Science: Vaccine Could Prevent Cervical Cancer
November 29, 2002, Friday // 00:00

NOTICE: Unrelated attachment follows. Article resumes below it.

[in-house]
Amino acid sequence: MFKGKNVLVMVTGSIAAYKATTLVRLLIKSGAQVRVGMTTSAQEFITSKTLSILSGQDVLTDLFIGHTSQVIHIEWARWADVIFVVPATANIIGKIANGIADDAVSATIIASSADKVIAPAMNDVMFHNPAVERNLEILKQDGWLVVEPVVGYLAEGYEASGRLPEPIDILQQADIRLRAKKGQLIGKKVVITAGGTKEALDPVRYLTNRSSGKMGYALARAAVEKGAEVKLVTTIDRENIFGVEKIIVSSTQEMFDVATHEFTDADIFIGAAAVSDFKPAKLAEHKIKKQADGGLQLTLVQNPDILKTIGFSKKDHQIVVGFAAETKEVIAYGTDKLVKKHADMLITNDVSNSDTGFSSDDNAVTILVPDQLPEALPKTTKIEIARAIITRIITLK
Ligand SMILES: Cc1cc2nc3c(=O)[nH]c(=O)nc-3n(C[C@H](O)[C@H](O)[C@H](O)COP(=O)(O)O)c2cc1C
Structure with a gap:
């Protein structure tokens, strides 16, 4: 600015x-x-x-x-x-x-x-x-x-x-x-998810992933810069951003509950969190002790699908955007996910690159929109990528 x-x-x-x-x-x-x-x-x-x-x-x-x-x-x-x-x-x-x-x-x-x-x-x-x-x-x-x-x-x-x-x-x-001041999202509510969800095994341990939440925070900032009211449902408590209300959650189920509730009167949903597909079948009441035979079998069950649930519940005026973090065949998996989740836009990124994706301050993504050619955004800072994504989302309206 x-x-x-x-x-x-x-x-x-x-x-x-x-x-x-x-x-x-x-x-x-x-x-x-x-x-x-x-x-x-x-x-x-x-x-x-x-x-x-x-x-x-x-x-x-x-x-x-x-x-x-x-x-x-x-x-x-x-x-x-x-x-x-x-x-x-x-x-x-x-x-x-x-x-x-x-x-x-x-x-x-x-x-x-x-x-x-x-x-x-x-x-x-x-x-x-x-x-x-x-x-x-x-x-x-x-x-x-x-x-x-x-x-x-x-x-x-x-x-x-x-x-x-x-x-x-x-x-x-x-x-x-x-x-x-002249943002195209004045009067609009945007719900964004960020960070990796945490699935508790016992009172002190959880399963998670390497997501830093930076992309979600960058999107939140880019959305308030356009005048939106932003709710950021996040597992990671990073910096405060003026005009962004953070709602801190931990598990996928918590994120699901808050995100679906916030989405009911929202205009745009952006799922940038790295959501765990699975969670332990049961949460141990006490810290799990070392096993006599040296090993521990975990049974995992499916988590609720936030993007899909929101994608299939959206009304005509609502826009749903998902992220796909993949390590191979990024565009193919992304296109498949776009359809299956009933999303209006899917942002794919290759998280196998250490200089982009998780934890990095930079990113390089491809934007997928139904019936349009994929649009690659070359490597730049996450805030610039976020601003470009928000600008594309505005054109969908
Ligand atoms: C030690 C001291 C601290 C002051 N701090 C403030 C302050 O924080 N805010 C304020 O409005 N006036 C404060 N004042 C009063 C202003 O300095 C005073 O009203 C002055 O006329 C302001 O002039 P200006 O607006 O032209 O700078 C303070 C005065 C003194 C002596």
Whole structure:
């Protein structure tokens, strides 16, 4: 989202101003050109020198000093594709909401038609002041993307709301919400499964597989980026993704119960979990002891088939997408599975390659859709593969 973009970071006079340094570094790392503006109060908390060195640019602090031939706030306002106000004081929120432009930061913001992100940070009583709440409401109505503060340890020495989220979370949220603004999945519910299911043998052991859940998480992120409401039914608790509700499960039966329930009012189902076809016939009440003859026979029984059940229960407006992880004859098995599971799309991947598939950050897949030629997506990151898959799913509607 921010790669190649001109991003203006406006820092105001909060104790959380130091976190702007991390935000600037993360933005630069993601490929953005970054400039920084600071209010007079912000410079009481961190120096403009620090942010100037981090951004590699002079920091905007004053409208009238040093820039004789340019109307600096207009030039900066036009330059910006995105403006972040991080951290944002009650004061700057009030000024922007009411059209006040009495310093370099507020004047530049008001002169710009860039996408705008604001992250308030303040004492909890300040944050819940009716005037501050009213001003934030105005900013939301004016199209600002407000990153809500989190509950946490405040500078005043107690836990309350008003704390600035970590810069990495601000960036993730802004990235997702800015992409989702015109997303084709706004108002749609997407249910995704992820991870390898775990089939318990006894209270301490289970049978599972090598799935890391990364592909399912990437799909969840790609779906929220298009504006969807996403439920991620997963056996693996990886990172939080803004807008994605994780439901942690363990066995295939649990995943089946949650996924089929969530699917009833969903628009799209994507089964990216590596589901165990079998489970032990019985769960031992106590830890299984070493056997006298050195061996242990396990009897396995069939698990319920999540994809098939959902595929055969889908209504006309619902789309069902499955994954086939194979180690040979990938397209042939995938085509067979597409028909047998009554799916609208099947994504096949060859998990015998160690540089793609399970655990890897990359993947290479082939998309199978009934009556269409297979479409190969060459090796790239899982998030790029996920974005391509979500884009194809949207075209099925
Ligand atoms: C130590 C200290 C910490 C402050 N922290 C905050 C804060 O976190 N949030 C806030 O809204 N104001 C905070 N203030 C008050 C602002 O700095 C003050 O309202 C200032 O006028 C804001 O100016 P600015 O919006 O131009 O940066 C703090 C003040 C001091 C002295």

Throughout much of the 20th century, scientists suspected that sexually transmitted infections cause cancer of the cervix. But the culprit remained hidden until 2 decades ago, when scientists isolated human papillomavirus (HPV) DNA from cervical tumors. That discovery is now paying dividends. In the Nov. 21 New England Journal of Medicine, a team of U.S. scientists reports that new vaccine protects women from long-term viral infections that can lead to cervical cancer. To test the vaccine's effectiveness in a large group, the doctors tracked 1,533 women. They were between the ages of 16 and 25, had never had abnormal cervical cell growth. Half received three injections of the vaccine over 6 months, while the others got shots of an inert substance. After an average of 17 months, none of the women receiving the vaccine tested positive for HPV, but 41 of the women getting the placebo did. During this follow-up period, nine women showed abnormal cell growth on their cervices. They were all in the group that received placebo injections. Responsible for roughly 250,000 worldwide deaths every year, cervical cancer kills more women than any other cancer in developing countries where Pap smears are infrequent. In contrast, it's only the 12th-most-lethal malignancy in U.S. women because most cases are detected and treated.
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